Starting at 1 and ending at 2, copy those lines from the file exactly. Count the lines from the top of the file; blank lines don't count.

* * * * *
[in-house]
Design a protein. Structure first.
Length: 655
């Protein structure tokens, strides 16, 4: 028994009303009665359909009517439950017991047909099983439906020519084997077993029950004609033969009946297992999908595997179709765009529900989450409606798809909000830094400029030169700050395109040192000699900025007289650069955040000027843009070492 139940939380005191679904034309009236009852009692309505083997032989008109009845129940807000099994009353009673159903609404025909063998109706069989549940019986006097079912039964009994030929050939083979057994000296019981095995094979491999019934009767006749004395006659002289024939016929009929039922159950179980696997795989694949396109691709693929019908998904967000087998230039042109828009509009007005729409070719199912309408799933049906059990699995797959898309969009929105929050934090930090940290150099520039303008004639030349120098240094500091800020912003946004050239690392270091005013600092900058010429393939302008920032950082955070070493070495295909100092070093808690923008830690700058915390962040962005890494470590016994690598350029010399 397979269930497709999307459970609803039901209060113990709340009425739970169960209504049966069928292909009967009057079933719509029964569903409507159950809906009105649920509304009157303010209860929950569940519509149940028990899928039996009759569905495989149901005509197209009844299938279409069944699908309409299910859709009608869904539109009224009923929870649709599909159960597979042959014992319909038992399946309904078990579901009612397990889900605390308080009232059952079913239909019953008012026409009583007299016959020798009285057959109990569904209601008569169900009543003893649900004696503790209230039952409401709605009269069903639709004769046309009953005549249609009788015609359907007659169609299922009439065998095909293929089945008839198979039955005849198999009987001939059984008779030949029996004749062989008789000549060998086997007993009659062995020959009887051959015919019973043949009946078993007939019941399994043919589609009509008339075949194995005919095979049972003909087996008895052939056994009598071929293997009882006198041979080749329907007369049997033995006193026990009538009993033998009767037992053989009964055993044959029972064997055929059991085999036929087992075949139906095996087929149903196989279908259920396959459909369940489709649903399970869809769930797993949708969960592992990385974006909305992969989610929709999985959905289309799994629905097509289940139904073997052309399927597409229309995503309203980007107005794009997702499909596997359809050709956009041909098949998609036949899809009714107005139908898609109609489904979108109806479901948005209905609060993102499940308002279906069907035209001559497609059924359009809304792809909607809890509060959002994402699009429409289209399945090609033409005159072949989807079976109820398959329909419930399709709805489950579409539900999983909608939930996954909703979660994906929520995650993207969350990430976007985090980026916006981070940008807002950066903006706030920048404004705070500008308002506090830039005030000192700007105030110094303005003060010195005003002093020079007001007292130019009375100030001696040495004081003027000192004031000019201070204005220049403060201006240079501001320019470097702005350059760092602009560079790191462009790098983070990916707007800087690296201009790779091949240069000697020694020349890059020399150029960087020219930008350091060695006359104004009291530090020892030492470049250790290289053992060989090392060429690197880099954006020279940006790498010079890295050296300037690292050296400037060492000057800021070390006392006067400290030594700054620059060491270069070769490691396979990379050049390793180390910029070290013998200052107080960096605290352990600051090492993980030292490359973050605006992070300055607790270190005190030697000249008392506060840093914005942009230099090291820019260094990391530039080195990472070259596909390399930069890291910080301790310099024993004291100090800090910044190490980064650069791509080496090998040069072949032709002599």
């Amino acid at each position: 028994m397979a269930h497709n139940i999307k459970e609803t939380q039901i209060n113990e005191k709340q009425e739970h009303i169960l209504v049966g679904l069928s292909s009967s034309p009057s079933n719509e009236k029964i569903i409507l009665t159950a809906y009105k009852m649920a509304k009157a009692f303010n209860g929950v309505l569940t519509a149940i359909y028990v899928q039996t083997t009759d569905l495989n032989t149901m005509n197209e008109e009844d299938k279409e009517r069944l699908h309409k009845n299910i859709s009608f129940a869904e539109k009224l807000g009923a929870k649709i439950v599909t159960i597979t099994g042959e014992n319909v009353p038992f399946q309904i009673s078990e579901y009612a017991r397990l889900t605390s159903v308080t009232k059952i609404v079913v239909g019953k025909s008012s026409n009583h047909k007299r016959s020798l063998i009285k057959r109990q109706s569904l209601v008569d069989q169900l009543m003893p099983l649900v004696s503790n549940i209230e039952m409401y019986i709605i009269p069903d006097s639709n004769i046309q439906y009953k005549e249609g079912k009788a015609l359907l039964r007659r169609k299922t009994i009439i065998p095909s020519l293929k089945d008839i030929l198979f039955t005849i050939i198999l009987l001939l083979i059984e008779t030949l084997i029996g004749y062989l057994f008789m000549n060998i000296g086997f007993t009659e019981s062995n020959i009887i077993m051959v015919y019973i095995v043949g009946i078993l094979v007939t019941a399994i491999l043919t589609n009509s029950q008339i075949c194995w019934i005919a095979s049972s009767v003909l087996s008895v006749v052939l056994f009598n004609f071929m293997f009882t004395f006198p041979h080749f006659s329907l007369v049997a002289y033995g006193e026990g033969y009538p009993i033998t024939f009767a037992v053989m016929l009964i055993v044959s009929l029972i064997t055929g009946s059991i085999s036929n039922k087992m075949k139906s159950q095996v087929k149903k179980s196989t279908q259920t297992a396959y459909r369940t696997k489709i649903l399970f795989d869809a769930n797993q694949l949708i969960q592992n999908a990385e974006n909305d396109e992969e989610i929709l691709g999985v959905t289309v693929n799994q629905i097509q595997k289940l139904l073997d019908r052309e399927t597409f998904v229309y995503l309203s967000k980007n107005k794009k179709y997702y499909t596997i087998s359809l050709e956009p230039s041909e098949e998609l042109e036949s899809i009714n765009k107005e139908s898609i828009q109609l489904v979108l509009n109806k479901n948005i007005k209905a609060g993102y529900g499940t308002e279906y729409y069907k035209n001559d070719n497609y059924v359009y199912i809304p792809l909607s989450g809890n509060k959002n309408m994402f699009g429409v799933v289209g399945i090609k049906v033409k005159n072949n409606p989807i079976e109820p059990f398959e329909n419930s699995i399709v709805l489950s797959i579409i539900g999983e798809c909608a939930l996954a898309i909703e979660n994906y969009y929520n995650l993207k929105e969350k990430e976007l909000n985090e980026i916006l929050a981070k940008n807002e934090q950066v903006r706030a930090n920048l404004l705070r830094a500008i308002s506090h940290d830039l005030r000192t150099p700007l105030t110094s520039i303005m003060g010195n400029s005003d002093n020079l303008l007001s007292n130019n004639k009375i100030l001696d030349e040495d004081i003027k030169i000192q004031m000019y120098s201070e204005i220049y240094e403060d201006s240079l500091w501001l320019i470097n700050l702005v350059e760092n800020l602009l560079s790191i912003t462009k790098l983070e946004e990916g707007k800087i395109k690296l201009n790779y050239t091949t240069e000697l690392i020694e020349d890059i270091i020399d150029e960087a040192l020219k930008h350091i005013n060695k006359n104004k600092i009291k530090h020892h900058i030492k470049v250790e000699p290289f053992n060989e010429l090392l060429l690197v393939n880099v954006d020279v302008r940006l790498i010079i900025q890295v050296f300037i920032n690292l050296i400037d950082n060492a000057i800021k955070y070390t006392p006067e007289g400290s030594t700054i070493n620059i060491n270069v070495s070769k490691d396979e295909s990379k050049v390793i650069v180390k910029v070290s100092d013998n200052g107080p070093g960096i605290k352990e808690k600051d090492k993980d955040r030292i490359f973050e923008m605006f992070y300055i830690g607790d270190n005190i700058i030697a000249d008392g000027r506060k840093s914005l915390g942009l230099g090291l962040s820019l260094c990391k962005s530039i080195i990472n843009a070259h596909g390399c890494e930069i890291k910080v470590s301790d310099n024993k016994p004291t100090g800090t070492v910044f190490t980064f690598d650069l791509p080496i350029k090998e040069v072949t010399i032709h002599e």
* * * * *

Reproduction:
[in-house]
Design a protein. Structure first.